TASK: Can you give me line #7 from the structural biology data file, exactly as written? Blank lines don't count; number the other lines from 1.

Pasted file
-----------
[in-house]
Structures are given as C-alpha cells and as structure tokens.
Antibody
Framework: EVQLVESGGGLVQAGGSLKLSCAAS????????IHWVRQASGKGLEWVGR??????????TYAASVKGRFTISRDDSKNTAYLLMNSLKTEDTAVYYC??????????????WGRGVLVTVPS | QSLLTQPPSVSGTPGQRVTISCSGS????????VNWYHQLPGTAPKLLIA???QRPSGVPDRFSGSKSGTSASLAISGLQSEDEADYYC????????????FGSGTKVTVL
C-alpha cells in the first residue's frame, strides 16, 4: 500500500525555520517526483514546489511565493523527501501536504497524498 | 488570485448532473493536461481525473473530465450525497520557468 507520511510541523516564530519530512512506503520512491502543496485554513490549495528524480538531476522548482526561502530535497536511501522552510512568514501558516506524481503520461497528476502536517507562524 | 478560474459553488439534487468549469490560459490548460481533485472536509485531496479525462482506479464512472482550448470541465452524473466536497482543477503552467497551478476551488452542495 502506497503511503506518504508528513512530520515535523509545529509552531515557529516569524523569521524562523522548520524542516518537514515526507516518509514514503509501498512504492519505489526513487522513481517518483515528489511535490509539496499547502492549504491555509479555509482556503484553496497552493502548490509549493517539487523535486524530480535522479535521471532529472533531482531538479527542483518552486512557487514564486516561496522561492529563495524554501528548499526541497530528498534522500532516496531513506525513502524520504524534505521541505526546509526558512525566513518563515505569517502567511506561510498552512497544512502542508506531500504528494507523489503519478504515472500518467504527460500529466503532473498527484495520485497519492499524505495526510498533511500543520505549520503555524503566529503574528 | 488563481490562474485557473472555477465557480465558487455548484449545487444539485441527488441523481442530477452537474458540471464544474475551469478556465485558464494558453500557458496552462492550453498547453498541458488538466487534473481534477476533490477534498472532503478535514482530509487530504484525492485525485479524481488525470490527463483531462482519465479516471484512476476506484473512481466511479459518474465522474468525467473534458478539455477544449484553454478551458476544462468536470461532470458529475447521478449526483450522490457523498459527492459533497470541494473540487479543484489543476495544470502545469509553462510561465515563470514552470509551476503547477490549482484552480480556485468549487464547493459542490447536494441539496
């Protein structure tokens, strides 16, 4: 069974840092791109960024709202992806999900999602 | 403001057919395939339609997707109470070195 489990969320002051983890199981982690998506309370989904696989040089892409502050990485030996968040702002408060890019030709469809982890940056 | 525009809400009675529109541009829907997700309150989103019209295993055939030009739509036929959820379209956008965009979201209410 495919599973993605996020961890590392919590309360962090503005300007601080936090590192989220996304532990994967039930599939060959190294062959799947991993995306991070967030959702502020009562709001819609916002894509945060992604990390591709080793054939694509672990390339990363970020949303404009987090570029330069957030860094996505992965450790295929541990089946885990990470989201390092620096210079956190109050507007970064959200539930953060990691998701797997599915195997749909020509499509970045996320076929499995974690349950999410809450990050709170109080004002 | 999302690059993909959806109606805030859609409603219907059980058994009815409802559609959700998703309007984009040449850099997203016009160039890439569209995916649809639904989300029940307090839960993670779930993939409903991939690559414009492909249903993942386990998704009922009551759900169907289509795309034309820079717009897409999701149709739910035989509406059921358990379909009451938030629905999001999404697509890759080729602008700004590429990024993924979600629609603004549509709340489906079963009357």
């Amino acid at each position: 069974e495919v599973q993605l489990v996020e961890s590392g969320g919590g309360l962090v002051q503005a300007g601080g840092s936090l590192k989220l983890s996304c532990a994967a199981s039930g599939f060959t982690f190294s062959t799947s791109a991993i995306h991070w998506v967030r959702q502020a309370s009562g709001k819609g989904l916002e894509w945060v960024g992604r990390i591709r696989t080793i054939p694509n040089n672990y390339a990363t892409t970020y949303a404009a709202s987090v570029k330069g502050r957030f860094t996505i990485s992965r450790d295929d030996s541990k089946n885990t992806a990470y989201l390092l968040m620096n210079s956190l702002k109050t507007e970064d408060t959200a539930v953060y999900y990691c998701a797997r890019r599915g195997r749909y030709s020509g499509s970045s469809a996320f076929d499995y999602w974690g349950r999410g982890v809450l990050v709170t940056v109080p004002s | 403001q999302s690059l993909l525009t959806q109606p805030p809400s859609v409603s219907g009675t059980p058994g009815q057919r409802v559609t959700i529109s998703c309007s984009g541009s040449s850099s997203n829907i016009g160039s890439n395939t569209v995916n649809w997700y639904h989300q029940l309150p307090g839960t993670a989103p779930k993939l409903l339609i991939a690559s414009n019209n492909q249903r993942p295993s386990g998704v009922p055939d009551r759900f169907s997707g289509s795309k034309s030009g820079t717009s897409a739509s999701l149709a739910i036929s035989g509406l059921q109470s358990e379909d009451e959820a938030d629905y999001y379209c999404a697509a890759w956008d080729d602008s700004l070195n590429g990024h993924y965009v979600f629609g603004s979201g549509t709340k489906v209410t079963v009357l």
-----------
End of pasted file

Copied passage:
């Amino acid at each position: 069974e495919v599973q993605l489990v996020e961890s590392g969320g919590g309360l962090v002051q503005a300007g601080g840092s936090l590192k989220l983890s996304c532990a994967a199981s039930g599939f060959t982690f190294s062959t799947s791109a991993i995306h991070w998506v967030r959702q502020a309370s009562g709001k819609g989904l916002e894509w945060v960024g992604r990390i591709r696989t080793i054939p694509n040089n672990y390339a990363t892409t970020y949303a404009a709202s987090v570029k330069g502050r957030f860094t996505i990485s992965r450790d295929d030996s541990k089946n885990t992806a990470y989201l390092l968040m620096n210079s956190l702002k109050t507007e970064d408060t959200a539930v953060y999900y990691c998701a797997r890019r599915g195997r749909y030709s020509g499509s970045s469809a996320f076929d499995y999602w974690g349950r999410g982890v809450l990050v709170t940056v109080p004002s | 403001q999302s690059l993909l525009t959806q109606p805030p809400s859609v409603s219907g009675t059980p058994g009815q057919r409802v559609t959700i529109s998703c309007s984009g541009s040449s850099s997203n829907i016009g160039s890439n395939t569209v995916n649809w997700y639904h989300q029940l309150p307090g839960t993670a989103p779930k993939l409903l339609i991939a690559s414009n019209n492909q249903r993942p295993s386990g998704v009922p055939d009551r759900f169907s997707g289509s795309k034309s030009g820079t717009s897409a739509s999701l149709a739910i036929s035989g509406l059921q109470s358990e379909d009451e959820a938030d629905y999001y379209c999404a697509a890759w956008d080729d602008s700004l070195n590429g990024h993924y965009v979600f629609g603004s979201g549509t709340k489906v209410t079963v009357l």